Every person is motivated differently – every person motivates differently.Take a moment to evaluate and rank on a scale of 1 to 5; 5 being the highest, your company’s score for each statement below.
The Motivating Smart Survey
- Employees’ values, motivations, and talents are understood and measured.
- Employees consider their jobs rewarding and interesting.
- Employees are committed to jointly owned, shared goals, values, and beliefs.
- Employees hold each other accountable against agreed upon plans and standards.
- We have open and honest communication that empowers employees.
Now, total your score and divide by 5. What’s your result?
- If your average score is 4 to 5, you are motivating smart.
- If your average score is 3 to 3.8, you are in the caution zone & need improvements to your motivational program.
- If your average score is < 3, you are in the danger zone & need some serious attention and effort at building a motivational program for your employees and your company.
What is motivating smart? Why did we choose these statements?
We have found that employers with the higher scores have employees who are more productive and aligned with a company’s values and culture.
Here are 6 ways companies can motivate smarter.
Aligning your company practices to motivate people to do the right things right requires you to:
- Develop your company’s long-term strategy and plan with your employees. This helps to set the stage for each of the following strategies to be successful. This strategy and plan provides focus and reinforces the need for action.
- Develop a comprehensive orientation program for all new employees. Employees need to understand the culture and environment they are working in.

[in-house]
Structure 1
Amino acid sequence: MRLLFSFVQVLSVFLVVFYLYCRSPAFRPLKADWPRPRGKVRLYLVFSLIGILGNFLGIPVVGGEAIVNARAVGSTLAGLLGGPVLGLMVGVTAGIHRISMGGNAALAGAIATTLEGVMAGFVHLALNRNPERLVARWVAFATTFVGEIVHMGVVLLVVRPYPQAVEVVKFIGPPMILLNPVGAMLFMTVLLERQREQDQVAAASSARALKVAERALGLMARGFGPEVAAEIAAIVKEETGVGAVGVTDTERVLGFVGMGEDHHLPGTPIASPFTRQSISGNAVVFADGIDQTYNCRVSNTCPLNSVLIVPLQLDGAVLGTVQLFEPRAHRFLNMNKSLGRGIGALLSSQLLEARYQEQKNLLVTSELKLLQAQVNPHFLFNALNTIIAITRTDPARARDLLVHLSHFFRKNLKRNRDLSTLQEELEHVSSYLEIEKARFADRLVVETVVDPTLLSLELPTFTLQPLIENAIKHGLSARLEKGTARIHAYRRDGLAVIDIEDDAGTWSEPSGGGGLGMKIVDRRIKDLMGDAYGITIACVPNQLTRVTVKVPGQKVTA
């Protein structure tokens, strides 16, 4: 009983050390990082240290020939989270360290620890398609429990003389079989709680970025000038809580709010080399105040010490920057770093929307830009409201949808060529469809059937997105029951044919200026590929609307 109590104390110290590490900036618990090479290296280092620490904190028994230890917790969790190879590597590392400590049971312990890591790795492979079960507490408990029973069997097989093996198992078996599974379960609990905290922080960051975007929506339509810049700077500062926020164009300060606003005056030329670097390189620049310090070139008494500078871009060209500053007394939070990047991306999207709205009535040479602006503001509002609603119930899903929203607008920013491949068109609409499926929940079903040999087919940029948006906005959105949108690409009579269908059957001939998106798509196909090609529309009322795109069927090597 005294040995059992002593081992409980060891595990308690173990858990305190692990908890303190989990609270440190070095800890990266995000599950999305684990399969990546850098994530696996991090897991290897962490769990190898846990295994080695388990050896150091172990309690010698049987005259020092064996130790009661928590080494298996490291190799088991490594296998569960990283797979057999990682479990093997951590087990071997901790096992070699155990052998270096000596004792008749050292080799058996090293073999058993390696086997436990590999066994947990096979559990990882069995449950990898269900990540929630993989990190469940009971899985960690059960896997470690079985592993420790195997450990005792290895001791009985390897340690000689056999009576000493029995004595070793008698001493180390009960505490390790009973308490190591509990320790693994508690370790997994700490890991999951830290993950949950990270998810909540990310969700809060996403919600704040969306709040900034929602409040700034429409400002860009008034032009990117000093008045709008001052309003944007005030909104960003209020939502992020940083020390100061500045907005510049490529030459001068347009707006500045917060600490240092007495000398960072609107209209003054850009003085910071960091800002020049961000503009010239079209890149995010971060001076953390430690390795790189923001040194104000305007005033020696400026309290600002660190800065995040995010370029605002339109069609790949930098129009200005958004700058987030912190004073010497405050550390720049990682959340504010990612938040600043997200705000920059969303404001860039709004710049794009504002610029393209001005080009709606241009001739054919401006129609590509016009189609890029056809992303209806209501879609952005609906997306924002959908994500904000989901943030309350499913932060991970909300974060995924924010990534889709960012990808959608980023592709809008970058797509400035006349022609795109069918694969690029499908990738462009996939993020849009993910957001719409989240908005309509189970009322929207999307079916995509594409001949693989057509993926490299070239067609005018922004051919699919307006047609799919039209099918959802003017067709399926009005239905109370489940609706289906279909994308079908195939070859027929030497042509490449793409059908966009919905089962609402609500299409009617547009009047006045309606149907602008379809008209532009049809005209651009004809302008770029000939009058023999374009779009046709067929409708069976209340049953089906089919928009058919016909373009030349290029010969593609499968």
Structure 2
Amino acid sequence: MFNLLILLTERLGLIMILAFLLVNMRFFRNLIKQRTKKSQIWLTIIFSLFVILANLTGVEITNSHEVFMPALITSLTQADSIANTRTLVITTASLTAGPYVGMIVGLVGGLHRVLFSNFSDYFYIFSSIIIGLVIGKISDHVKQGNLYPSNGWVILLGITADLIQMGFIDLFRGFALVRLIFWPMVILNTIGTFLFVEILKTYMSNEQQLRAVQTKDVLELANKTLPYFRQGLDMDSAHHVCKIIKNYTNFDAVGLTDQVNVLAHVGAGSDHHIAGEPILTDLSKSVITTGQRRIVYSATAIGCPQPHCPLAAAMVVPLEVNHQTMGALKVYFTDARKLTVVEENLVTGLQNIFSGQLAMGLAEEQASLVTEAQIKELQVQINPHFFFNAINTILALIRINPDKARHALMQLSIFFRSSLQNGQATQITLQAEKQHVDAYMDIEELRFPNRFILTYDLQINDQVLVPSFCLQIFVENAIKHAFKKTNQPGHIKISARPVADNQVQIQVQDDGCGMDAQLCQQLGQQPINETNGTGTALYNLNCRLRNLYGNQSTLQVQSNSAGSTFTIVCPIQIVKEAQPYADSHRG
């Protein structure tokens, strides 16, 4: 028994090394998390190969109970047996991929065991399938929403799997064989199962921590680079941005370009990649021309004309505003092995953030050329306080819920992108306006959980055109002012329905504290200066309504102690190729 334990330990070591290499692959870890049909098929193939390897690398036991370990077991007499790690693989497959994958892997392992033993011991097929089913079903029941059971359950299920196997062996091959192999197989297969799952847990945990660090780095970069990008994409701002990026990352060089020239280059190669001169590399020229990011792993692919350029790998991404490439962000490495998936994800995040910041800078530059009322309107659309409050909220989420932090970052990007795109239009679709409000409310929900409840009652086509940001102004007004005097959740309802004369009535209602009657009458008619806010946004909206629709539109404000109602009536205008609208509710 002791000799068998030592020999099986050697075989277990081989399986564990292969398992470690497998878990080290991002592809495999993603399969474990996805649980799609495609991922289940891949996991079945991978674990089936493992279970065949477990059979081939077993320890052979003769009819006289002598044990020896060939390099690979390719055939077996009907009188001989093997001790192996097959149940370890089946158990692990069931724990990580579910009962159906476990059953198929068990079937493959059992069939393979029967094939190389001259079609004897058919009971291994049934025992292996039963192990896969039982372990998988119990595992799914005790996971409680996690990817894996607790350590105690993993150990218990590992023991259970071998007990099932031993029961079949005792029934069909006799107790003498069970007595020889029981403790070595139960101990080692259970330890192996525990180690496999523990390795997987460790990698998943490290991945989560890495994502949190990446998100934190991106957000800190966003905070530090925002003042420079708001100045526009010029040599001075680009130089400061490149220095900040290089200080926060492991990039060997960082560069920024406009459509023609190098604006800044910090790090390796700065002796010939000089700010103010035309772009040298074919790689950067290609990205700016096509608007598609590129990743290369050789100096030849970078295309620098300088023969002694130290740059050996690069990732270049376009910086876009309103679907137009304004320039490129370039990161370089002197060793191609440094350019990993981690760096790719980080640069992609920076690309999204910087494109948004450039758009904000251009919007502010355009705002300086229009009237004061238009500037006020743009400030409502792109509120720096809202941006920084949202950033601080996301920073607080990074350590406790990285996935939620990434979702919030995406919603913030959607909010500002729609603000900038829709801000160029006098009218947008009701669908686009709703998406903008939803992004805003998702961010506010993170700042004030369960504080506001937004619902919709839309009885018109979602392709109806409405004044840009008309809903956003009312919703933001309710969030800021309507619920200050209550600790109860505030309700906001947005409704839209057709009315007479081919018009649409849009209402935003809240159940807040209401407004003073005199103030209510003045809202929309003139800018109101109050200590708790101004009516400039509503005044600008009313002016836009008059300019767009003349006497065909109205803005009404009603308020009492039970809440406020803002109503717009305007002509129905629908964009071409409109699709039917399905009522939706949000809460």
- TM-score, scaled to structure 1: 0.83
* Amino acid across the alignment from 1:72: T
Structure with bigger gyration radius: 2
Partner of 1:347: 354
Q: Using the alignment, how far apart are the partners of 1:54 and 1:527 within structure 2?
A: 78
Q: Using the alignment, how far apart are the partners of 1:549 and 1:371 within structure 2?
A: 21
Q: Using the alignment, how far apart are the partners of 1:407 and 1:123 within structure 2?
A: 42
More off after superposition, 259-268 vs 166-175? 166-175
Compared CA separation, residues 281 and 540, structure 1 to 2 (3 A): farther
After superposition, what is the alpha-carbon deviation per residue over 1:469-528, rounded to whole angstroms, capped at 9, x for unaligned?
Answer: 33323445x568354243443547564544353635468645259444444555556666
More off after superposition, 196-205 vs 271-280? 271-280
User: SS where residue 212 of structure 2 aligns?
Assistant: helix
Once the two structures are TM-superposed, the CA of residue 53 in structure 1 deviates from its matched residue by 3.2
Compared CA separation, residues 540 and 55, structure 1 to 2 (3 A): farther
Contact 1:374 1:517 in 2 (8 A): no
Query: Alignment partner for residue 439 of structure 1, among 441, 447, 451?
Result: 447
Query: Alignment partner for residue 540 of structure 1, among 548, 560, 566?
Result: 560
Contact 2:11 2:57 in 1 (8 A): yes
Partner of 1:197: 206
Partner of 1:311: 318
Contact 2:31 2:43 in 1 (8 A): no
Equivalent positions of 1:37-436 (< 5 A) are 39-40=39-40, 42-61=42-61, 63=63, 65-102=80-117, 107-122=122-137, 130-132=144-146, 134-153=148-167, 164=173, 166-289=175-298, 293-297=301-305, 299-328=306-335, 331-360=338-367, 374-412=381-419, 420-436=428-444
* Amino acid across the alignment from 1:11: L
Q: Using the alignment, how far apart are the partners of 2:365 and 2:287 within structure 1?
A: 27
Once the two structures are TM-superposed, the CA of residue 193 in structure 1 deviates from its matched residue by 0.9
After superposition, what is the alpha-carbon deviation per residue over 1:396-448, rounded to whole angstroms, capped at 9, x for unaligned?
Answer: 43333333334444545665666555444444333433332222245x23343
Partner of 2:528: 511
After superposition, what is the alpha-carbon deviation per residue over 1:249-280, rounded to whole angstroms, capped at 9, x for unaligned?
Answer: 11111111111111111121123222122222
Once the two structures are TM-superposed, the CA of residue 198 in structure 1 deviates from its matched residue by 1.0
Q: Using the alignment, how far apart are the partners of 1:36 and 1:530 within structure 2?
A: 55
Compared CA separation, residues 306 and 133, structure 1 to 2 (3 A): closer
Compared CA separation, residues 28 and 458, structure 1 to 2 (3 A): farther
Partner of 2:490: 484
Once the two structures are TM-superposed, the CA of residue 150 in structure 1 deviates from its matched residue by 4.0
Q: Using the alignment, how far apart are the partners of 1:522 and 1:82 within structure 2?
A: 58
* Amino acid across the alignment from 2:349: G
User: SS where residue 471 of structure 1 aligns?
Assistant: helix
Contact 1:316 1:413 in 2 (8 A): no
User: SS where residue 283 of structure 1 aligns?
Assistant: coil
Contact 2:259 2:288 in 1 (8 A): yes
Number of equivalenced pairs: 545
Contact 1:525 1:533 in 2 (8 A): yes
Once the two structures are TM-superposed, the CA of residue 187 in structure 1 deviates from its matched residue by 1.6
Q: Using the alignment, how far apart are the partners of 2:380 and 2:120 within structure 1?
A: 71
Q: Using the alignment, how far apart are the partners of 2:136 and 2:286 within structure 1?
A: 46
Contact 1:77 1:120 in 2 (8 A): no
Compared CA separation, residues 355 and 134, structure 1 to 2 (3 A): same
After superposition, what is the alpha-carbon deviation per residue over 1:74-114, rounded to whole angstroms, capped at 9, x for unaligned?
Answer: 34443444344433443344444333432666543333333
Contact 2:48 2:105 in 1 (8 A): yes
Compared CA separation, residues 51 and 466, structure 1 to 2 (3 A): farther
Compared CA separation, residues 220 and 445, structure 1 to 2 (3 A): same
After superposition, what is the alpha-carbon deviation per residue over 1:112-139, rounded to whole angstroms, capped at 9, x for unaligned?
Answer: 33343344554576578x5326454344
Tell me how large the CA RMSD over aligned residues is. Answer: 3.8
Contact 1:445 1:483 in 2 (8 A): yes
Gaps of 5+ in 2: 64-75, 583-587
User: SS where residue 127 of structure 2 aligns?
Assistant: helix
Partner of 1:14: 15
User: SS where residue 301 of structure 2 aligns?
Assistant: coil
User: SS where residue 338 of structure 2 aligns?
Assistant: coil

- Hold company-wide meetings to share information about the company with your employees on a quarterly basis & openly share information with your employees regularly so that you can establish a regular and recurring dialogue with your employees. This enables you and your employees to share valuable information and insights.
- Sponsor company social events to bind relationships that are developed inside the organization, outside the work setting.
- Work hard to create a strong social environment at work to establish and solidify your culture of caring, and motivating, for your employees.; and
- Offer profit or gain sharing pay to reinforce the previous actions by enabling a way to share in the successes financially.
Let’s review some information to learn more about how we can identify an employee’s behaviors, motivations, and interests so that we can motivate smarter.
How Employees Behave
As companies (and employees) become more reliant on worker knowledge it’s important to develop a way to identify the thinking and decision-making patterns required for these different job functions.
Think about it. The majority of your time, do you make decisions with your HEAD, HAND or your HEART? Are you a systemic, practical, or empathetic decision maker and thinker?
When you are working with an employee it helps to understand how he can contribute his thinking strengths to certain aspects of the company’s needs, particularly as these relate to commitment, helping, adaptability, involvement, and sharing. If we know his strengths we can better assist him by involving him in decision situations that rely on his strengths – we will also understand what type of decision attributes each situation requires – helping to develop a better match.
Try not to assume what employers in the past have by practicing the “pigeon-hole” syndrome that is, slotting someone to a position and not considering their capabilities.
I believe you need to understand this information to help you develop a more effective alignment of the person to the position and to the company. As you work to “motivate smarter” seek to diagnose, assess, and understand employee talents, values, and behaviors; and then develop your motivational structures as suggested above to assist your employees to become more authentic.